“How To” Mesa Packages#
The Mesa core functionality is just a subset of what we believe researchers creating Agent Based Models (ABMs) will use. We designed Mesa to be extensible, so that individuals from various domains can build, maintain, and share their own packages that work with Mesa in pursuit of “unifying algorithmic theories of the relation between adaptive behavior and system complexity (Volker Grimm et al 2005).”
This decoupling of code to create building blocks is a best practice in software engineering. Specifically, it exercises the DRY principle (or don’t repeat yourself) (Hunt and Thomas 2010). The creators of Mesa designed Mesa in order for this principle to be exercised in the development of agent-based models (ABMs). For example, a group of health experts may create a library of human interactions on top of core Mesa. That library then is used by other health experts. So, those health experts don’t have to rewrite the same basic behaviors.
Benefits to Scientists
Besides a best practice of the software engineering community, there are other benefits for the scientific community.
Reproducibility and Replicability. Decoupled shared packages also allows for reproducibility and replicability. Having a package that is shared allows others to reproduce the model results. It also allows others to apply the model to similar phenomenon and replicate the results over a diversity of data. Both are essential part of the scientific method (Leek and Peng 2015).
Accepted truths. Once results are reproduced and replicated, a library could be considered an accepted truth, meaning that the community agrees the library does what the library intends to do and the library can be trusted to do this. Part of the idea behind ‘accepted truths’ is that subject matter experts are the ones that write and maintain the library.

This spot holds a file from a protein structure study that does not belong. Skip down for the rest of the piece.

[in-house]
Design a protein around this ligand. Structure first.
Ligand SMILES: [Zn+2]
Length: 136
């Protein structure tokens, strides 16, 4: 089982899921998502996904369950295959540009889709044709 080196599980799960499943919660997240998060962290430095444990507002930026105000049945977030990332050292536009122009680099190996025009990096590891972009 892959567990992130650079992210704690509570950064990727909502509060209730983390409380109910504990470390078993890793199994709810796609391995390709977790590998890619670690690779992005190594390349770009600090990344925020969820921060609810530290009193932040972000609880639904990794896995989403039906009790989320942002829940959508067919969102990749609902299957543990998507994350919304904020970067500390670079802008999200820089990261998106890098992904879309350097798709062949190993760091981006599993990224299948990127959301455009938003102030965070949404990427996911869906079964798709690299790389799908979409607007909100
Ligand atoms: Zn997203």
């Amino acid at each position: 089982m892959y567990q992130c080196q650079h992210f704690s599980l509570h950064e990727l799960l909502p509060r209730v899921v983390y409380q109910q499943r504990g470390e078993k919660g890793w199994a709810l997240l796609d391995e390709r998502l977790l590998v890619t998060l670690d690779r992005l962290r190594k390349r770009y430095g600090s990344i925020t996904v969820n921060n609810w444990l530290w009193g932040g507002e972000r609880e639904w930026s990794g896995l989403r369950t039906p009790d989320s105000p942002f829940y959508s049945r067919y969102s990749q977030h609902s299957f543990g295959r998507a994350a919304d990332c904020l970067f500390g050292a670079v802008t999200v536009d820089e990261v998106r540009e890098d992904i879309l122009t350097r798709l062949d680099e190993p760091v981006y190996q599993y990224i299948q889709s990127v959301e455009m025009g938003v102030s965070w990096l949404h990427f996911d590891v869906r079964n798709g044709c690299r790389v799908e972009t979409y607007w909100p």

Building blocks. Think of libraries like Legos. The researcher can borrow a piece from here or there to pull together the base of their model, so they can focus on the value add that they bring. For example, someone might pull from a human interactions library and a decision-making library and combine the two to look at how human cognitive function effects the physical spread of disease.
Mesa and Mesa Packages
Because of the possibilities of nuanced libraries, few things will actually make it into core Mesa. Mesa is intended to only include core functionality that everyone uses. However, it is not impossible that something written on the outside is brought into core at a later date if the value to everyone is proven through adoption.
An example that is analogous to Mesa and Mesa packages is Django and Django Packages. Django is a web framework that allows you to build a website in Python, but there are lots of things besides a basic website that you might want. For example, you might want authentication functionality. It would be inefficient for everyone to write their own authentication functionality, so one person writes it (or a group of people). They share it with the world and then many people can use it.